For Henkel, our approach towards circular economy is based on three pillars: compatibility, debonding and new designs that enable recycling. Compatibility means adhesives and coatings that are compatible with the recycling processes of homogeneous products. Debonding refers to adhesives that are suitable for existing and future separation processes. With new designs, we mean adhesives and coatings that enable new packaging designs such as layer reduction or enhanced functionalities. For example, our recent investment in the German start-up Saperatec – which developed an innovative, patented technology that among others allows the separation and recycling of flexible packaging that contains aluminum foil – enables us to contribute to technologies take us one step closer to a true circular economy.

ES: What role can solutions such as design for recycling, chemical recycling, reusable packaging etc. play?

TQ: Overall, according to the waste hierarchy, reuse is better than recycling and mechanical recycling is preferred over chemical recycling. Hence, one of our goals at Henkel Packaging Adhesives is to support the reuse of packaging, for example with adhesives that allow for the clean removal of labels from PET bottles. This results in a high quality of recyclate out of a mechanical recycling process that can be returned to the loop or bottles being reused in its entirety.

Whatever can’t be reused should be recycled. Our approach is to develop adhesives and coatings that improve the recyclability of flexible packaging and make it possible to use recycled content in new packaging. For example, our RE range of adhesives and coatings is designed for recycling and are suitable for both recycling and the bonding of recycled plastic films.

Compared to mechanical recycling, chemical recycling is more energy intensive and is still a new technology with a small installed base. Its potential lies in the ability to create high purity raw materials, which can be used immediately in existing applications, including sensitive areas such as food contact. This makes it potentially interesting for food contact, medical, pharmaceutical and some cosmetic applications.

However, regardless of whether we’re talking about chemical or mechanical recycling, the packaging design is what really matters. The adhesives used in packages typically only make up no more than five percent of the total weight – yet, their properties can actually make the difference when it comes to the overall recyclability of the material. At Henkel, we are doing our part as a manufacturer of adhesives and coatings for packaging to ensure that we have products that positively contribute to the recyclability of packaging and support the development of new holistic solutions that help push towards a circular economy.

We are focusing on rethinking everything: From how packages are designed, to the materials used to make them – it is time to reexamine how we work together in the value chain.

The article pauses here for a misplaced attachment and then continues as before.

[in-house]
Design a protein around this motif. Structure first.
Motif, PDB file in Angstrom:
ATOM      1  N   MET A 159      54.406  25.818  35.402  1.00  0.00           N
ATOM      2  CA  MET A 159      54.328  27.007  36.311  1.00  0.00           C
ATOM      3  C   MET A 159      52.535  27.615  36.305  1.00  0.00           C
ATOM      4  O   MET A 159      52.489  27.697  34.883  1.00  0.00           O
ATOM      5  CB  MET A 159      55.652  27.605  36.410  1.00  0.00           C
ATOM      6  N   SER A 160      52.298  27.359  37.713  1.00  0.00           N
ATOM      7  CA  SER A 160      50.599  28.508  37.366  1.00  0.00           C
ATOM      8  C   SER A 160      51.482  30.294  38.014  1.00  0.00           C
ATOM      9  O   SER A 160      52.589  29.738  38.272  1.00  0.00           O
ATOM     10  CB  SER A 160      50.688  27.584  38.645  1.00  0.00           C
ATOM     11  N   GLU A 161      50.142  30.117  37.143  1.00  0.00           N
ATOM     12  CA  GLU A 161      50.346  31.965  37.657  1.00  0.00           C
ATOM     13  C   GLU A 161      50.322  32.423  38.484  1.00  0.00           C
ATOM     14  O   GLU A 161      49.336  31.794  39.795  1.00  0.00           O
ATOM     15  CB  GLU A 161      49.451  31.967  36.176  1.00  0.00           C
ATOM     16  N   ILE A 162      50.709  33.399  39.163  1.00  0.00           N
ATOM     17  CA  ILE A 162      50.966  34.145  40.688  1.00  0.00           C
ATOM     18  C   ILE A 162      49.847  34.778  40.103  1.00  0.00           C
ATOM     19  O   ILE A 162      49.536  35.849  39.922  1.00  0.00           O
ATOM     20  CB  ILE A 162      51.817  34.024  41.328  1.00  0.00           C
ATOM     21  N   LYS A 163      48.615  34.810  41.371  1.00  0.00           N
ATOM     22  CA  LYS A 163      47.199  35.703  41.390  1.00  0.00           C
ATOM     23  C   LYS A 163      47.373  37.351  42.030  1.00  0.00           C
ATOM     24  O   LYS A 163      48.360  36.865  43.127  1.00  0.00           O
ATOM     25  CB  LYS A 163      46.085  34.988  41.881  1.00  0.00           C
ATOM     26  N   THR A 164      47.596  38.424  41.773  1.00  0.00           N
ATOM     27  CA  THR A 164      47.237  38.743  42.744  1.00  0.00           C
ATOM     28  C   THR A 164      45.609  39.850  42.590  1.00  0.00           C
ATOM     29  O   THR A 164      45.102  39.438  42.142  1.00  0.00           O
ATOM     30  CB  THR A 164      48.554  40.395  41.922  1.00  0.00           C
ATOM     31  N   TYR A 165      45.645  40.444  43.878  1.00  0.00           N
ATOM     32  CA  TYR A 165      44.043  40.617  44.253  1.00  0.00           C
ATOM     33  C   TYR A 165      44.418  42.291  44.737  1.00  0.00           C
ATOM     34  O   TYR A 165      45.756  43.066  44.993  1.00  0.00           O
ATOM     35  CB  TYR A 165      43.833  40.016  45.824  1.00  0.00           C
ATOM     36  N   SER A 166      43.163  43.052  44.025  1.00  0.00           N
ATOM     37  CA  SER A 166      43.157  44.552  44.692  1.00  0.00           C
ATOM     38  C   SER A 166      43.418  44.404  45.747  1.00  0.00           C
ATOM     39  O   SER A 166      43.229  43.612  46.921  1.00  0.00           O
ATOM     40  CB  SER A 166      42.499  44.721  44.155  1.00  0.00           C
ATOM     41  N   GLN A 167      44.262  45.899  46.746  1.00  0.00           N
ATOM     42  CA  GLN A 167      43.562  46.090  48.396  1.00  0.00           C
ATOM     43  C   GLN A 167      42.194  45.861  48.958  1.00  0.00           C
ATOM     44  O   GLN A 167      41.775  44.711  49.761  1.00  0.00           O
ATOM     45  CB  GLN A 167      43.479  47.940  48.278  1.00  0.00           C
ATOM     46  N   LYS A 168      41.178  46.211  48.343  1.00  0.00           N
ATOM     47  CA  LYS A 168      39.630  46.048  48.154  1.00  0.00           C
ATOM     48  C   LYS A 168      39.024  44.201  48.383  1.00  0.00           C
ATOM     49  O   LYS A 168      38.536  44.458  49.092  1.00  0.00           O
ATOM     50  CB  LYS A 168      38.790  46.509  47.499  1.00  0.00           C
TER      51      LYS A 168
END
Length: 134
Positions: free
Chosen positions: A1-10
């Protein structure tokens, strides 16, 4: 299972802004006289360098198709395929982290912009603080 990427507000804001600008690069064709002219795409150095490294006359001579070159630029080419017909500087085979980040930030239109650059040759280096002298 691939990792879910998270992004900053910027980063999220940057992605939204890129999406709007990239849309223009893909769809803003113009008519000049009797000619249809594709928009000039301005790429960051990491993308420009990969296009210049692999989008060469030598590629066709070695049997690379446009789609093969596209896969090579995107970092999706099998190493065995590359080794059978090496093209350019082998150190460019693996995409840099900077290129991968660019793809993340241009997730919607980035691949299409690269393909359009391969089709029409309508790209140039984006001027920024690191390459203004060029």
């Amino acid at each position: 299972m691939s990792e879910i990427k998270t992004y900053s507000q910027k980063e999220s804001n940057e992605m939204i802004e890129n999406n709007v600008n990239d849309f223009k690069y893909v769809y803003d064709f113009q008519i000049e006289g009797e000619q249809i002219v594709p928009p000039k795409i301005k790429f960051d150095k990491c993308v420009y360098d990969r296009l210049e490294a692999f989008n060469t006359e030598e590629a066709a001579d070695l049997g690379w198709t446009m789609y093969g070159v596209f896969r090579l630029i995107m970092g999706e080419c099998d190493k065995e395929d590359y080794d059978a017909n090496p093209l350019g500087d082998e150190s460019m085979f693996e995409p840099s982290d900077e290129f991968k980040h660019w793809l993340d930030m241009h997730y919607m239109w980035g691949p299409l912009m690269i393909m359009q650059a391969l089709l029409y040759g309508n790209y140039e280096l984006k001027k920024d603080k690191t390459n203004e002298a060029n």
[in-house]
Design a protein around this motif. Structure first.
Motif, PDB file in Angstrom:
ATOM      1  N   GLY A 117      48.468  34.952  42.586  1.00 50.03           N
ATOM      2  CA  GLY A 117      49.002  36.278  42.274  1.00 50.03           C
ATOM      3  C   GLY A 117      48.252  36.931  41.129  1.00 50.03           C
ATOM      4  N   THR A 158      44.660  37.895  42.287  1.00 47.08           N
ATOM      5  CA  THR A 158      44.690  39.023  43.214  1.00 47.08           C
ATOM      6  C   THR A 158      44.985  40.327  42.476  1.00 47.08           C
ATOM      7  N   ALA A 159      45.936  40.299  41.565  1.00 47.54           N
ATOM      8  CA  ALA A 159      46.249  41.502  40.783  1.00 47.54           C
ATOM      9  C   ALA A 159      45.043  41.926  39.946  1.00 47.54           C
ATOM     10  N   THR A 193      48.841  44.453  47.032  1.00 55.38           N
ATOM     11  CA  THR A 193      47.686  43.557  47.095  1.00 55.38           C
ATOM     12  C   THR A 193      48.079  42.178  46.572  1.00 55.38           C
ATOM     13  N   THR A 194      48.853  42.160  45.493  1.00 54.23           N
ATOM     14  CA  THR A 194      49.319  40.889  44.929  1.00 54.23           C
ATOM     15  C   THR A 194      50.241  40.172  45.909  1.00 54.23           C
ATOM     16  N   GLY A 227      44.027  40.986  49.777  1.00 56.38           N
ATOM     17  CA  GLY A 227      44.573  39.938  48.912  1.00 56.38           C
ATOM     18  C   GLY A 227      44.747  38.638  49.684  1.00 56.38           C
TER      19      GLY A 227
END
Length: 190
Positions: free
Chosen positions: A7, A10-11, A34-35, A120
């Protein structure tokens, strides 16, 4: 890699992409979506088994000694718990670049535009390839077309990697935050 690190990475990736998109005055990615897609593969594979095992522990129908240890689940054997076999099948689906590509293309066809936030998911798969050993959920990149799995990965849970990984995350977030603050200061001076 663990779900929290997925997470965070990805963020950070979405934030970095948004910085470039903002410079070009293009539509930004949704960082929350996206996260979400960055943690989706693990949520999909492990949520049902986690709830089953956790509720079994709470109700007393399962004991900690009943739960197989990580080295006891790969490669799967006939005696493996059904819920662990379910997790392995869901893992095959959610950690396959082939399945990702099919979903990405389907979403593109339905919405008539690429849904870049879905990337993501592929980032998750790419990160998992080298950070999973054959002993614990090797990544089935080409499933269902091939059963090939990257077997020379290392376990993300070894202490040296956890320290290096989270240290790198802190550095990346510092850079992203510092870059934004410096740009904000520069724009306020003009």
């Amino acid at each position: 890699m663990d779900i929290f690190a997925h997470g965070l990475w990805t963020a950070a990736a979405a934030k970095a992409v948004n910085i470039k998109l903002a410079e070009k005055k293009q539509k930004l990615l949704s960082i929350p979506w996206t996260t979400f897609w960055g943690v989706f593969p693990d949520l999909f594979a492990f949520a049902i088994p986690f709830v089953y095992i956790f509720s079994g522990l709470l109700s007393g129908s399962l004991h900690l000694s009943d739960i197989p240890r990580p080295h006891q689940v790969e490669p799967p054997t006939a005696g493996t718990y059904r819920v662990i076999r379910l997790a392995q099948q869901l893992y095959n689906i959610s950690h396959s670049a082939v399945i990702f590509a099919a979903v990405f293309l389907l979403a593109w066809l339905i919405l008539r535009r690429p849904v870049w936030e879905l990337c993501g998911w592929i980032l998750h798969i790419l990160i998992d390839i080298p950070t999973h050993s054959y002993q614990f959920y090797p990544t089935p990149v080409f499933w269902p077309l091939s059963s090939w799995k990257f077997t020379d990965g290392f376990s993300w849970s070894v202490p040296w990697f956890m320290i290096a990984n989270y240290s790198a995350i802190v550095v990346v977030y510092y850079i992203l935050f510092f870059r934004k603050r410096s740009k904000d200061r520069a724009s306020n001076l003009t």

ES: you were due to give a talk at interpack, can you tell us what would the challenges of a life without packaging be?

TQ: As I mentioned before, the challenges of the pandemic make the importance of packaging very clear, not only for preserving food, but also for keeping it and the consumer safe. It is important to note that the environmental footprint of the goods contained in any type of packaging is vastly higher than the footprint of the packaging itself. Packaging strongly reduces losses in goods and therefore strongly contributes to overall sustainability. This is particularly noteworthy in these challenging times, when consumers are purchasing goods in bulk and have the expectation that packaging enables food to stay safe and fresh.  

Generally speaking, without packaging, we would see a dramatic rise in the loss of food, which not only presents a problem for regions where food is already a scarcity. If ‘food loss’ were a country, it would be the third largest originator of greenhouse gas worldwide. The right packaging with the lowest possible environmental impact of course is also responsible for ensuring safety of food and anti-counterfeiting for pharmaceutical and medical products. Without packaging, we would see a dramatic increase in unhygienic medical products and pharmaceuticals as well as counterfeit medicine.

While these positive effects have been confirmed numerous times, there is valid concern over mismanagement of packaging waste and environmental pollution. To maintain the positive contributions that packaging provides, a better way of dealing with waste needs to be found.

The circular economy is the solution, as we turn what is now considered waste into valuable raw materials. This value is what drives collection, and collection prevents pollution and increases recycling rates. We see it as our responsibility to actively facilitate a circular economy and to work together with the entire value chain to make it a reality.